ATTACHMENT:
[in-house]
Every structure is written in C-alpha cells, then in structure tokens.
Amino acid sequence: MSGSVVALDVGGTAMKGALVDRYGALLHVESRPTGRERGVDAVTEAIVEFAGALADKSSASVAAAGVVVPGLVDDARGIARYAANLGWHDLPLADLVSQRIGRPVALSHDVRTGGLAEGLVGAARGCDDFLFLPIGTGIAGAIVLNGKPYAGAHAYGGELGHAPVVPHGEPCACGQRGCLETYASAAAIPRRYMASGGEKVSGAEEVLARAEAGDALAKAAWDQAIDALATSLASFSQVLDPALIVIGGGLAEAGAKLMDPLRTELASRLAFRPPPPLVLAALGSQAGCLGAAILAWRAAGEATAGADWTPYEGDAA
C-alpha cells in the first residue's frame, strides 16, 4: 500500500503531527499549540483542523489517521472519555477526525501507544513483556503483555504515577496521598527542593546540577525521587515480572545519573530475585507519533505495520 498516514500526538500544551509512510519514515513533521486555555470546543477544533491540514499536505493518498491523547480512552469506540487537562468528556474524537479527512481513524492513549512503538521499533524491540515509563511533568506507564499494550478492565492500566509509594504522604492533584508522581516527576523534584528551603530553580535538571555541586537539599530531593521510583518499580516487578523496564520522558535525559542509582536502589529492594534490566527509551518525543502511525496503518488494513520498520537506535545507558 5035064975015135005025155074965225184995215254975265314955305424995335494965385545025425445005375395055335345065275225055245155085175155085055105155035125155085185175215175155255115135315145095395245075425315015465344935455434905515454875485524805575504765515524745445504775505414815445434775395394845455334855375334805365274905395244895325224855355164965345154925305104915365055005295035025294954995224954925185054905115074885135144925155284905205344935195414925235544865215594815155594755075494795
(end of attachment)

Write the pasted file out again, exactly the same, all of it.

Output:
[in-house]
Every structure is written in C-alpha cells, then in structure tokens.
Amino acid sequence: MSGSVVALDVGGTAMKGALVDRYGALLHVESRPTGRERGVDAVTEAIVEFAGALADKSSASVAAAGVVVPGLVDDARGIARYAANLGWHDLPLADLVSQRIGRPVALSHDVRTGGLAEGLVGAARGCDDFLFLPIGTGIAGAIVLNGKPYAGAHAYGGELGHAPVVPHGEPCACGQRGCLETYASAAAIPRRYMASGGEKVSGAEEVLARAEAGDALAKAAWDQAIDALATSLASFSQVLDPALIVIGGGLAEAGAKLMDPLRTELASRLAFRPPPPLVLAALGSQAGCLGAAILAWRAAGEATAGADWTPYEGDAA
C-alpha cells in the first residue's frame, strides 16, 4: 500500500503531527499549540483542523489517521472519555477526525501507544513483556503483555504515577496521598527542593546540577525521587515480572545519573530475585507519533505495520 498516514500526538500544551509512510519514515513533521486555555470546543477544533491540514499536505493518498491523547480512552469506540487537562468528556474524537479527512481513524492513549512503538521499533524491540515509563511533568506507564499494550478492565492500566509509594504522604492533584508522581516527576523534584528551603530553580535538571555541586537539599530531593521510583518499580516487578523496564520522558535525559542509582536502589529492594534490566527509551518525543502511525496503518488494513520498520537506535545507558 5035064975015135005025155074965225184995215254975265314955305424995335494965385545025425445005375395055335345065275225055245155085175155085055105155035125155085185175215175155255115135315145095395245075425315015465344935455434905515454875485524805575504765515524745445504775505414815445434775395394845455334855375334805365274905395244895325224855355164965345154925305104915365055005295035025294954995224954925185054905115074885135144925155284905205344935195414925235544865215594815155594755075494795